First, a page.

people respond differently when given no evidence and when given worthless
evidence. When no specific evidence is given, prior probabilities are ignored.^{[5]}
Nisbett
and Borgida (1975),quoted in The reference stated above
showed that consensus information, that is, base rate information about the
behaviour of a sample of people in a given situation, often has little effect
on subjects attributions about the causes of a particular target individual's
behavior. When told that most people behaved in the same way as the target,
subjects shift little or not at all in the direction of assuming that it was
situational forces, rather than the target's personal dispositions or traits,
that explain the target's behavior.
It
is noticed that subjects use prior probabilities correctly when they have no
other information. However, prior probabilities are effectively ignored when a
description is introduced, even when this description is totally uninformative.
Evidently, people respond differently when given no evidence and when given worthless
evidence. When no specific evidence is given, prior probabilities are ignored.^{[7]}
__Insensitivity
to sample size:__

To evaluate the probability of
obtaining a particular result in a sample drawn from a specified population,
people typically apply the representativeness heuristic. That is, they assess
the likelihood of a sample result by the similarity of this result to the
corresponding parameter The similarity of a sample statistic to a population
parameter does not depend on the size of the sample. Consequently, if
probabilities are assessed by representativeness, then the judged probability
of a sample statistic will be essentially independent of sample size. Indeed,
when subjects assessed the distributions of the sample results for samples of
various sizes, they produced identical distributions . A similar insensitivity
to sample size has been reported in judgments of posterior probability, that
is, of the probability that a sample has been drawn from one population rather
than from another. Here again, intuitive judgments are dominated by the sample
proportion and are essentially unaffected by the size of the sample, which
plays a crucial role in the determination of the actual posterior odds ^{[8]}. In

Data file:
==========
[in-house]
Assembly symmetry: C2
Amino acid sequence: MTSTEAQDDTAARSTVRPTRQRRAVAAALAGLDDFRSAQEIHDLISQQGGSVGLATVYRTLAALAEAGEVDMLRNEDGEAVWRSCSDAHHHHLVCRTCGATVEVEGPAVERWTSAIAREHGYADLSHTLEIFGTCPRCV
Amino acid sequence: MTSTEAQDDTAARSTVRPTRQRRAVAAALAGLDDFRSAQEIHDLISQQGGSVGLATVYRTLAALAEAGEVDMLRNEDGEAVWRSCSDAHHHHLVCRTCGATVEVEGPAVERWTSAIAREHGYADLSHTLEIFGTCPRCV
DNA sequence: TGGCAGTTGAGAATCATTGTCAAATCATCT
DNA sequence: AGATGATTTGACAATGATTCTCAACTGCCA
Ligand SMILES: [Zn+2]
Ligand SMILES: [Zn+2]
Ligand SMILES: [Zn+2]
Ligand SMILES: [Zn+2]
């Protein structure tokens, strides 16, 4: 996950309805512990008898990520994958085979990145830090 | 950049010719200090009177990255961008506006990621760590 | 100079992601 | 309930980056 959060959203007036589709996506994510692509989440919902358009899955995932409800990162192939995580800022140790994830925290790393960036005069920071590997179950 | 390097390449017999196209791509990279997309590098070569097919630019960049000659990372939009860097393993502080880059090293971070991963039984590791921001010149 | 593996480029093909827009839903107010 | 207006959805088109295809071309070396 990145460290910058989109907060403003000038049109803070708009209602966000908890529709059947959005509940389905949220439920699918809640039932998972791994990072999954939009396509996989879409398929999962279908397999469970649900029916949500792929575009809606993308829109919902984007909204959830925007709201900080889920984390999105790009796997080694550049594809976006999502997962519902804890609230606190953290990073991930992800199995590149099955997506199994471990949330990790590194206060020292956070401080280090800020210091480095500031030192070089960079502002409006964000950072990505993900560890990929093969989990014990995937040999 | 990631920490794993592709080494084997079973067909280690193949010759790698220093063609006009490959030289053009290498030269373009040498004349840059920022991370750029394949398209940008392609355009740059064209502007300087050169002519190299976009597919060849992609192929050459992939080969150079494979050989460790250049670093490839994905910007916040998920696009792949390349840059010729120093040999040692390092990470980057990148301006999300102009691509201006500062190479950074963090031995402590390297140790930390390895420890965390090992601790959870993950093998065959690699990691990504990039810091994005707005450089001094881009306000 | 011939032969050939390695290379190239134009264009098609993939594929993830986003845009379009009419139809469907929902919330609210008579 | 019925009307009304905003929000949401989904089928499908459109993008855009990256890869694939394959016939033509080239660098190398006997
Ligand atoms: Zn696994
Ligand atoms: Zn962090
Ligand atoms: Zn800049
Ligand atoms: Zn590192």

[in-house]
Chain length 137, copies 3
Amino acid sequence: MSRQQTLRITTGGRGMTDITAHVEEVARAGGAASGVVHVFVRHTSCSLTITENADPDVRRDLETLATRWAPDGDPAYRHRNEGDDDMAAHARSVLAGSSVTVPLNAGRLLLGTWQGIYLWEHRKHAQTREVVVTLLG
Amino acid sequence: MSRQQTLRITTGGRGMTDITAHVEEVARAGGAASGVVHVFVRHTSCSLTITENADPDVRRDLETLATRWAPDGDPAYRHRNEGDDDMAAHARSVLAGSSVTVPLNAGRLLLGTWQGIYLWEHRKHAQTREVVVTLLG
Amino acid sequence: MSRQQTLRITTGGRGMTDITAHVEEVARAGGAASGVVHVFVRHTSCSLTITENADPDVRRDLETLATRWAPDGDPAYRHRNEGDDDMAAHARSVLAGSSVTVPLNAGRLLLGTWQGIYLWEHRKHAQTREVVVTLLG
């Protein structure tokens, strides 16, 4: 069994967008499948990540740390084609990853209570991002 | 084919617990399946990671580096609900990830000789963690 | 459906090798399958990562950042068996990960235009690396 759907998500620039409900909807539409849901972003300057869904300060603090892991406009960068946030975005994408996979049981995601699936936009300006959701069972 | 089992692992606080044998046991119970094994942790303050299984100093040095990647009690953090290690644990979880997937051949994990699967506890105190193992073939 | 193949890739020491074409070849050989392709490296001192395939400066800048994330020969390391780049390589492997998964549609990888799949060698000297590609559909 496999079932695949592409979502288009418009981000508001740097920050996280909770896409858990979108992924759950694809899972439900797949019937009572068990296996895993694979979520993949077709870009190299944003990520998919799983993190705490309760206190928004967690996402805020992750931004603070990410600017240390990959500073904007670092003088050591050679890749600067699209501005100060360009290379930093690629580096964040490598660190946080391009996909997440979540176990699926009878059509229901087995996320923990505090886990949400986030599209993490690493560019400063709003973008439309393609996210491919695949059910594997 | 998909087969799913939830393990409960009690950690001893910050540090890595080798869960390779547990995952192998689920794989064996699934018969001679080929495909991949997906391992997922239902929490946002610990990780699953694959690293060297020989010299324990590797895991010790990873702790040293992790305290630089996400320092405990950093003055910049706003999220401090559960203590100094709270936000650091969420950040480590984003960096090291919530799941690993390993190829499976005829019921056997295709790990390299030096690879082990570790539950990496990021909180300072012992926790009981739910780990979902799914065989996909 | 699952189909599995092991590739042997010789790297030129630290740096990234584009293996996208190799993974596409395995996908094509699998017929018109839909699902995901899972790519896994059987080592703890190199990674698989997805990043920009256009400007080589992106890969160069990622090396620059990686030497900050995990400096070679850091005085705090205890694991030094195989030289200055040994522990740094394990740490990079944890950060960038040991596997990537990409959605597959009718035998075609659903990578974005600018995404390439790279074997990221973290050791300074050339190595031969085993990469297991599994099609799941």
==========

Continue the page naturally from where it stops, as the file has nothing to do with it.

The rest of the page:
addition, intuitive estimates of posterior odds are far less extreme than the
correct values. The underestimation of the impact of evidence has been observed
repeatedly in problems of this type.^{[9]}
It has been labeled "conservatism."

__Misconceptions of chance:__

People
expect that a sequence of events generated by a random process will represent
the essential characteristics of that process even when the sequence is short.
Thus, people expect that the essential characteristics of the process will be
represented, not only globally in the entire sequence, but also locally in each
of its parts. A locally representative sequence, how-ever, deviates
systematically from chance expectation: it contains too many alternations and
too few runs. Another consequence of the belief in local representativeness is
the well-known gambler's fallacy. Chance is commonly viewed as a
self-correcting process in which a deviation in one direction induces a
deviation in the opposite direction to restore the equilibrium. In fact,
deviations are not "corrected" as a chance process unfolds, they are
merely diluted. Misconceptions of chance are not limited to naive subjects. A
study of the statistical intuitions of experienced research psychologists^{[10]}
revealed a lingering belief in what may be called the "law of small
numbers," according to which even small samples are highly representative
of the populations from which they are drawn. The responses of these
investigators reflected the expectation that a valid hypothesis about a
population will be represented by a statistically significant result in a
sample with little regard for its size. As a consequence, the researchers put
too much faith in the results of small samples and grossly overestimated the
replicability of such results. In the actual conduct of research, this bias
leads to the selection of samples of inadequate size and to overinterpretation
of findings.
__Insensitivity
to predictability:__ People are
sometimes called upon to make such numerical predictions as the future value of
a stock, the demand for a commodity, or the outcome of a football game. Such
predictions are often made by representativeness. The degree to which the
description is favorable is unaffected by the reliability of that description
or by the degree to which it permits accurate prediction. Hence, if people
predict solely in terms of the favorableness of the description, their
predictions will be insensitive to the reliability of the evidence and to the
expected accuracy of the prediction demonstrated that intuitive predictions